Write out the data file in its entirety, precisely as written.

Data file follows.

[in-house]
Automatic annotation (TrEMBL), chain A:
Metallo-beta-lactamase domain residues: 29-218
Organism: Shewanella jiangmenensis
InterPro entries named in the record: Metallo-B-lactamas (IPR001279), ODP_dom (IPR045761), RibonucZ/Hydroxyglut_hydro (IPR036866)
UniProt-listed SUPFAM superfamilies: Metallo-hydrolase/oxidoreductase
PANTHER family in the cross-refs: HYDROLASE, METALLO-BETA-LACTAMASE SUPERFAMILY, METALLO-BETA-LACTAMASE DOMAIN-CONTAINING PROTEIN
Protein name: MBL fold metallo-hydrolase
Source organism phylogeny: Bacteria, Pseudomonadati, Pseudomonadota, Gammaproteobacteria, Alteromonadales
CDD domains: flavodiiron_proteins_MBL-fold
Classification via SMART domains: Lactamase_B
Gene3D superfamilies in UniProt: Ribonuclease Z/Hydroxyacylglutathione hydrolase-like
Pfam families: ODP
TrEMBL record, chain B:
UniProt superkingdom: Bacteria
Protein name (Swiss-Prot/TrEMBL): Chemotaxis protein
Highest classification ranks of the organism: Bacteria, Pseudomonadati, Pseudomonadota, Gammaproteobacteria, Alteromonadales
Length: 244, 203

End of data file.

[in-house]
Automatic annotation (TrEMBL), chain A:
Metallo-beta-lactamase domain residues: 29-218
Organism: Shewanella jiangmenensis
InterPro entries named in the record: Metallo-B-lactamas (IPR001279), ODP_dom (IPR045761), RibonucZ/Hydroxyglut_hydro (IPR036866)
UniProt-listed SUPFAM superfamilies: Metallo-hydrolase/oxidoreductase
PANTHER family in the cross-refs: HYDROLASE, METALLO-BETA-LACTAMASE SUPERFAMILY, METALLO-BETA-LACTAMASE DOMAIN-CONTAINING PROTEIN
Protein name: MBL fold metallo-hydrolase
Source organism phylogeny: Bacteria, Pseudomonadati, Pseudomonadota, Gammaproteobacteria, Alteromonadales
CDD domains: flavodiiron_proteins_MBL-fold
Classification via SMART domains: Lactamase_B
Gene3D superfamilies in UniProt: Ribonuclease Z/Hydroxyacylglutathione hydrolase-like
Pfam families: ODP
TrEMBL record, chain B:
UniProt superkingdom: Bacteria
Protein name (Swiss-Prot/TrEMBL): Chemotaxis protein
Highest classification ranks of the organism: Bacteria, Pseudomonadati, Pseudomonadota, Gammaproteobacteria, Alteromonadales
Length: 244, 203